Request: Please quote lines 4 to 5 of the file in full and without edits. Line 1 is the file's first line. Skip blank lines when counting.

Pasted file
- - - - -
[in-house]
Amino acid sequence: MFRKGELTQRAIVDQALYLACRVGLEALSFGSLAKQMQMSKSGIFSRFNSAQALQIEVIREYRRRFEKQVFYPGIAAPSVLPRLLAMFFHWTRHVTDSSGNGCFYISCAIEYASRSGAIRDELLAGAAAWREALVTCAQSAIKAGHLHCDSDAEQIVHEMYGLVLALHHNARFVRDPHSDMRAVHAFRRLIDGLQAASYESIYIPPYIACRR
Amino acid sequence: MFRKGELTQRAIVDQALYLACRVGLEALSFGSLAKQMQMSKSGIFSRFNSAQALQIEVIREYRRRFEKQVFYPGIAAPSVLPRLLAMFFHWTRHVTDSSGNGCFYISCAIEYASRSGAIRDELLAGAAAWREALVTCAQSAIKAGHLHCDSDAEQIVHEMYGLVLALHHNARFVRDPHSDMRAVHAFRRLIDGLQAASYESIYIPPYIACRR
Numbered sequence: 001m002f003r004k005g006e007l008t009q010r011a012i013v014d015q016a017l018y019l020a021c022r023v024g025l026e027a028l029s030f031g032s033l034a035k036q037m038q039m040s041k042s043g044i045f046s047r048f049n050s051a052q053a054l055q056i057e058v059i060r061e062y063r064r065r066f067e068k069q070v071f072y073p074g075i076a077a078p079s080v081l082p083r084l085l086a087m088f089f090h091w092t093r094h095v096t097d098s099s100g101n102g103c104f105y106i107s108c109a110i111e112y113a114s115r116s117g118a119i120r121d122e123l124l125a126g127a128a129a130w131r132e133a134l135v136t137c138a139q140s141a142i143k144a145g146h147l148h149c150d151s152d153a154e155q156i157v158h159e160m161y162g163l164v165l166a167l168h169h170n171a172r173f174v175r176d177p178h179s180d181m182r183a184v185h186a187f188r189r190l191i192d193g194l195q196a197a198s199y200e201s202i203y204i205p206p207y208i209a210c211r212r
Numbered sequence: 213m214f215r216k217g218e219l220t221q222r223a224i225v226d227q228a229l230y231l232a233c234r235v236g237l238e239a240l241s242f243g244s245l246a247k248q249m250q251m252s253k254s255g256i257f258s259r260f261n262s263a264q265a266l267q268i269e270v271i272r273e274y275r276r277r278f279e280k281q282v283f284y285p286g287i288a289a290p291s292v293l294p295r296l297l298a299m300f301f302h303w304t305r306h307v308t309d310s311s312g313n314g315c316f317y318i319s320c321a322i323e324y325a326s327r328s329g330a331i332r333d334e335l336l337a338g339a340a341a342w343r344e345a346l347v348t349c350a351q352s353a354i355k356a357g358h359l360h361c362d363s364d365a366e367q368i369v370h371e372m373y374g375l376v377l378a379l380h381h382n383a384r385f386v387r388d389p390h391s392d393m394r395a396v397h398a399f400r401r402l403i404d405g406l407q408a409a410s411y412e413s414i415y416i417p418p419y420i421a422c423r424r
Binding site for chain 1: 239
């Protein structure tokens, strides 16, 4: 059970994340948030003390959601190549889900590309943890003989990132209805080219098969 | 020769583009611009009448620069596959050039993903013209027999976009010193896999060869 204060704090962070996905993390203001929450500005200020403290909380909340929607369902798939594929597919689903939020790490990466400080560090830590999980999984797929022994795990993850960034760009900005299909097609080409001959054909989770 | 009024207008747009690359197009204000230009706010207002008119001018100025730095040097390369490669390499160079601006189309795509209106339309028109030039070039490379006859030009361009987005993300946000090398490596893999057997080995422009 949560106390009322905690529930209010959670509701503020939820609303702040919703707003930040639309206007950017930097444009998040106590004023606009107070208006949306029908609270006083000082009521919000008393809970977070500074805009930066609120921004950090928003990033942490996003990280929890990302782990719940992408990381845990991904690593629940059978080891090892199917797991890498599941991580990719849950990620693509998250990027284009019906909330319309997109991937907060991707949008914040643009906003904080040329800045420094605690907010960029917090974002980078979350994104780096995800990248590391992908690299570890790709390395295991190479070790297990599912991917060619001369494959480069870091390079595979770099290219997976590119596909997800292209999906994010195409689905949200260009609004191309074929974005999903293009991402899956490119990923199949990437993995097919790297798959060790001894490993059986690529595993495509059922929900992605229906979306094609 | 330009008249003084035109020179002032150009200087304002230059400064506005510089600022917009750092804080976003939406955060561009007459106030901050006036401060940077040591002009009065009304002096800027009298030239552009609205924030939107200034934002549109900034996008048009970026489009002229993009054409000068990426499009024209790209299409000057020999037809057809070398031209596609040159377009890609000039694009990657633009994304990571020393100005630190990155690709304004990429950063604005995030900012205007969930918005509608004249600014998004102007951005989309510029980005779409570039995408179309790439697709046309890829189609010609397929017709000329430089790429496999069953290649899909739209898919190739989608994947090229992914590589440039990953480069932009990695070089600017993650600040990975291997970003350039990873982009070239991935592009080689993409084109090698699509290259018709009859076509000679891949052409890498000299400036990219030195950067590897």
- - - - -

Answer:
Numbered sequence: 001m002f003r004k005g006e007l008t009q010r011a012i013v014d015q016a017l018y019l020a021c022r023v024g025l026e027a028l029s030f031g032s033l034a035k036q037m038q039m040s041k042s043g044i045f046s047r048f049n050s051a052q053a054l055q056i057e058v059i060r061e062y063r064r065r066f067e068k069q070v071f072y073p074g075i076a077a078p079s080v081l082p083r084l085l086a087m088f089f090h091w092t093r094h095v096t097d098s099s100g101n102g103c104f105y106i107s108c109a110i111e112y113a114s115r116s117g118a119i120r121d122e123l124l125a126g127a128a129a130w131r132e133a134l135v136t137c138a139q140s141a142i143k144a145g146h147l148h149c150d151s152d153a154e155q156i157v158h159e160m161y162g163l164v165l166a167l168h169h170n171a172r173f174v175r176d177p178h179s180d181m182r183a184v185h186a187f188r189r190l191i192d193g194l195q196a197a198s199y200e201s202i203y204i205p206p207y208i209a210c211r212r
Numbered sequence: 213m214f215r216k217g218e219l220t221q222r223a224i225v226d227q228a229l230y231l232a233c234r235v236g237l238e239a240l241s242f243g244s245l246a247k248q249m250q251m252s253k254s255g256i257f258s259r260f261n262s263a264q265a266l267q268i269e270v271i272r273e274y275r276r277r278f279e280k281q282v283f284y285p286g287i288a289a290p291s292v293l294p295r296l297l298a299m300f301f302h303w304t305r306h307v308t309d310s311s312g313n314g315c316f317y318i319s320c321a322i323e324y325a326s327r328s329g330a331i332r333d334e335l336l337a338g339a340a341a342w343r344e345a346l347v348t349c350a351q352s353a354i355k356a357g358h359l360h361c362d363s364d365a366e367q368i369v370h371e372m373y374g375l376v377l378a379l380h381h382n383a384r385f386v387r388d389p390h391s392d393m394r395a396v397h398a399f400r401r402l403i404d405g406l407q408a409a410s411y412e413s414i415y416i417p418p419y420i421a422c423r424r